Could Last Week’s Spending Compromise Fall Apart?

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Update, 3:35 PM

By a 260-167 vote, the bill has passed the House with bipartisan support. HR 1473 will keep the government open through Sept. 30, the end of the 2011 fiscal year. Fifty-nine Republicans broke with their party to vote against the deal, a spike from the 28 who supported the one-week bridge resolution that bought time for lawmakers to craft the bill. Eighty-one Democrats supported it. Without Democratic support, the bill would have failed. 

It was tempting to forget, in the wake of the agreement to avoid a government shutdown, that party leaders don’t govern by fiat. The deal struck Friday night by John Boehner, Harry Reid and President Obama was merely a framework. Since the details were unveiled in the early hours of Tuesday morning, the rumblings of unease that provided a backbeat to the negotiations — drowned out for much of this week by all the shouting about Paul Ryan’s budget and President Obama’s rejoinder — have returned. Yesterday the nonpartisan Congressional Budget Office estimated that the deal will trim federal outlays by $352 million during the remainder of the fiscal year, which is less than 1% of the $38 billion splashed across triumphant press releases. The comparatively meager figure heightens the risk that House Tea Partyers and deficit hawks, who were already irked by the compromise, could rebel in large enough numbers that John Boehner is forced to find a cohort of moderate Democrats to push the deal over the finish line.

“A lot of guys will flip,” says a House Republican aide, who expects Boehner will find 218 members to pass the CR, but that the margin will be “really narrow. They’re whipping hard for votes.” Segments of the conservative base have declared open war against the heretics who waffle on their commitment to cost-cutting. RedState’s Eric Erickson argued in a blog post this morning that Republicans who vote to cut just $352 million –“that’s million with an ‘m’“– should be “driven into the street by the Tea Party movement and horsewhipped.” For his part, Tea Party Patriots’ co-chair Mark Meckler suggested, as he often does, that GOPers aligning behind this deal or a debt-limit hike face the possibility of a primary.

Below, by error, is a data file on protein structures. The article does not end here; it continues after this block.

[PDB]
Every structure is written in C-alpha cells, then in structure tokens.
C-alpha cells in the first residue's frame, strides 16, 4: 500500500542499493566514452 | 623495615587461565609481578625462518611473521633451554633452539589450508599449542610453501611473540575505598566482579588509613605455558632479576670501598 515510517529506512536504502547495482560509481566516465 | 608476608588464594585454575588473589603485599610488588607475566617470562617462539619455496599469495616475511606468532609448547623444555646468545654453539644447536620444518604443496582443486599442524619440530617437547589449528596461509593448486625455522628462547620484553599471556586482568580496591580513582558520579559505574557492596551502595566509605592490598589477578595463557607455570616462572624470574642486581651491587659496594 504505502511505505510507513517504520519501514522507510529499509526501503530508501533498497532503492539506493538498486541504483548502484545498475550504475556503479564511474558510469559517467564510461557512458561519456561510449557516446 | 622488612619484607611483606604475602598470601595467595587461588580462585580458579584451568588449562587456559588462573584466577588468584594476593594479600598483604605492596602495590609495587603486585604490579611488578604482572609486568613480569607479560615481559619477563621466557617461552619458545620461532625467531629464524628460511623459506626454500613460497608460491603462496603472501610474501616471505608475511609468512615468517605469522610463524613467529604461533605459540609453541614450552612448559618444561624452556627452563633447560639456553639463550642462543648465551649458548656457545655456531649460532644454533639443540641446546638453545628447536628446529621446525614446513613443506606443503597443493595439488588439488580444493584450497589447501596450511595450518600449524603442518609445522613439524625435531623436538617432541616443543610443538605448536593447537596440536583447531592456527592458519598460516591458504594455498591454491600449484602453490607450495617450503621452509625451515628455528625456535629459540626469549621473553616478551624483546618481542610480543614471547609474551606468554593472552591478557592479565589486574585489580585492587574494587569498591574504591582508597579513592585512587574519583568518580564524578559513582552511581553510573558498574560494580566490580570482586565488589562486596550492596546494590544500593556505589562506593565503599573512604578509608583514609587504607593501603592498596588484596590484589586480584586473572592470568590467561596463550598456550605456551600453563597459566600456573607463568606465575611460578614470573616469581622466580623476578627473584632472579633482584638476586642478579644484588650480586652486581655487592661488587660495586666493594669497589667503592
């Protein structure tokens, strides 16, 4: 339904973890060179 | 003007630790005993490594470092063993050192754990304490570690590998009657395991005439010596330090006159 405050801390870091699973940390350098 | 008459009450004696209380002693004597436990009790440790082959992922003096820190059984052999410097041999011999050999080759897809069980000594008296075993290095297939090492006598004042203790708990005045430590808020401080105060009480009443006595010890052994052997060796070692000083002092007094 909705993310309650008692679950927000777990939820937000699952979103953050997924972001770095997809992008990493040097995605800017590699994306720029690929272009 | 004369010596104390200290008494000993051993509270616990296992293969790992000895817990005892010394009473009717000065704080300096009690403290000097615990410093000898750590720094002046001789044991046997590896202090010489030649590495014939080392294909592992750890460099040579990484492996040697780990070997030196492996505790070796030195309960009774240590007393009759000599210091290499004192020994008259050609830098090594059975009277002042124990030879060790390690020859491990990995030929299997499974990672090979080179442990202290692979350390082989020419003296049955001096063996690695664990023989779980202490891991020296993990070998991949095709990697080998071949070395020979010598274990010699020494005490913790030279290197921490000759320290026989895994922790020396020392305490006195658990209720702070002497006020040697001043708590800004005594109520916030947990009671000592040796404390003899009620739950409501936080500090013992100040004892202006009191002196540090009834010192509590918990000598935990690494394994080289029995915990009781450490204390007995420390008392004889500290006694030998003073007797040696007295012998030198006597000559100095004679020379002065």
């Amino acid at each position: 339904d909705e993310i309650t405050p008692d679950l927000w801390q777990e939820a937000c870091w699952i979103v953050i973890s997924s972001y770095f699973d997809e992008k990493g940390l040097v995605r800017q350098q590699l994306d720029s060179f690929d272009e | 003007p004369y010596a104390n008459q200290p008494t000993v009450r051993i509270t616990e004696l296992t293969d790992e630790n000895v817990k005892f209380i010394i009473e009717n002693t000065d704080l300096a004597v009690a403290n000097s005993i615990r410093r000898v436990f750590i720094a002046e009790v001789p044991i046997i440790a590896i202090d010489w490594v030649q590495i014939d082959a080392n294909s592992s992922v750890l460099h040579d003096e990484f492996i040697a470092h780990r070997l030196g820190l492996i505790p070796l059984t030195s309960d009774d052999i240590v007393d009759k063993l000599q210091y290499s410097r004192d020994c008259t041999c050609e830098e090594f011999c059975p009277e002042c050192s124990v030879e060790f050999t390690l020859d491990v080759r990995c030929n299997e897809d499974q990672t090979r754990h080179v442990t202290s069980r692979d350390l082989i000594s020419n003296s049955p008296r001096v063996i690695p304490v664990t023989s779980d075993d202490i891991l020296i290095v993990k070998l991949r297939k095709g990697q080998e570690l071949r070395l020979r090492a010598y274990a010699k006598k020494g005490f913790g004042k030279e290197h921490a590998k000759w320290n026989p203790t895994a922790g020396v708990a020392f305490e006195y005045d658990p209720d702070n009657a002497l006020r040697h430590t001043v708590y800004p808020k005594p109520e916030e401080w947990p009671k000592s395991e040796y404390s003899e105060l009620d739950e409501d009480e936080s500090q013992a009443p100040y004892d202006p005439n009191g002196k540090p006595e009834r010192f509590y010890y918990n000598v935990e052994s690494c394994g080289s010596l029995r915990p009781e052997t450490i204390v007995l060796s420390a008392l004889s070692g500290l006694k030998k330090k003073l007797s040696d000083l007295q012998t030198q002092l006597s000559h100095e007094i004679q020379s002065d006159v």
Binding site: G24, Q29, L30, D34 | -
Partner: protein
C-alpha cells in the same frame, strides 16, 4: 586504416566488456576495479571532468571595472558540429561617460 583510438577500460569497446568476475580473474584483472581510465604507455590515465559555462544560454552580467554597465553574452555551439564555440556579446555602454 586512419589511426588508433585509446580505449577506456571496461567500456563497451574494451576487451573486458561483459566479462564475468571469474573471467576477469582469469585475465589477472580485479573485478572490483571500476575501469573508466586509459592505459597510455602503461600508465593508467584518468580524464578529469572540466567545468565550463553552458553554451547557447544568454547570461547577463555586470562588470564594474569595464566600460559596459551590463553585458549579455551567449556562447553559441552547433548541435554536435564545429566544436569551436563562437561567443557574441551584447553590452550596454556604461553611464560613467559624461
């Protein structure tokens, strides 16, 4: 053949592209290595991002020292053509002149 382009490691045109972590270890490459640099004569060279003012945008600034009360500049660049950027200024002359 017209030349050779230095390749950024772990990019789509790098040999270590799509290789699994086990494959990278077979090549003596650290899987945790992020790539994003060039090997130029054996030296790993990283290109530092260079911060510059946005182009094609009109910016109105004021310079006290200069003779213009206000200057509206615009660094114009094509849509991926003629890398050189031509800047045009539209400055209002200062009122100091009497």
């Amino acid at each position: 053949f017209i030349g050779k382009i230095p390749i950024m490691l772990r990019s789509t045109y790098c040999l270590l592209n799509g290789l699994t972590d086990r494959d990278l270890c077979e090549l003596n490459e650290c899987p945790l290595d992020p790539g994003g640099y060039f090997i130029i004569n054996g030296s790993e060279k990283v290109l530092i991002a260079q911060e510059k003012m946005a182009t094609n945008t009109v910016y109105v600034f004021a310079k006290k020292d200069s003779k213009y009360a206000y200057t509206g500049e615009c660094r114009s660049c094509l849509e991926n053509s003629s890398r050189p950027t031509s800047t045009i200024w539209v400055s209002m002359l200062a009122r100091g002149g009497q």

At a press conference this morning, Boehner allowed that the CBO estimate had “caused some confusion.” In an argument tailored t0 reassure his members, Boehner said the debate over federal spending in Washington had “shifted 180 degrees.” A number of House freshmen have said they’ll support the compromise as the opening ante in the long, high-stakes poker game that’s just getting started. Even the deal’s skeptics are eager to close the book on the CR and move onto bigger skirmishes over the 2012 budget, which the House is debating this morning, and a debt-limit issue that both parties are portraying as “Armageddon.”

It’s hard to predict exactly how House Democrats, who were frozen out of the negotiations over the 2011 spending bill, will come down. Democratic leader Nancy Pelosi, who snapped at a senior White House official Wednesday for failing to solicit her caucus’s input, said she hadn’t made up her mind about the bill. “It’s pretty evident the House Democrats were not a part of that agreement,” Pelosi said. “I feel no ownership over that or any responsibility to it, except that we do not want to shut down the government.” Even if Boehner’s hard-liners defect en masse, he should still be able to nab a number of Democrats, Pelosi acknowledged. “I’ve always thought that if he didn’t get to 218 on his own, there would be Democrats who could put it over the top,” she said, adding that “the fact that many of us have an unease with what’s in there should signal to Republicans” that the pact is favorable to the GOP. But a House Democratic aide predicted to the Huffington Post that as few as 50 Democrats would support the measure. Pelosi said Democrats are not whipping their members, but minority whip Steny Hoyer is supporting the deal. Moderate Democrats seem likely to follow his lead.

Even if it seems poised to pass, a deal that seemed almost an afterthought amid the hoopla this week could wind up a lot closer that most people anticipated. Stay tuned.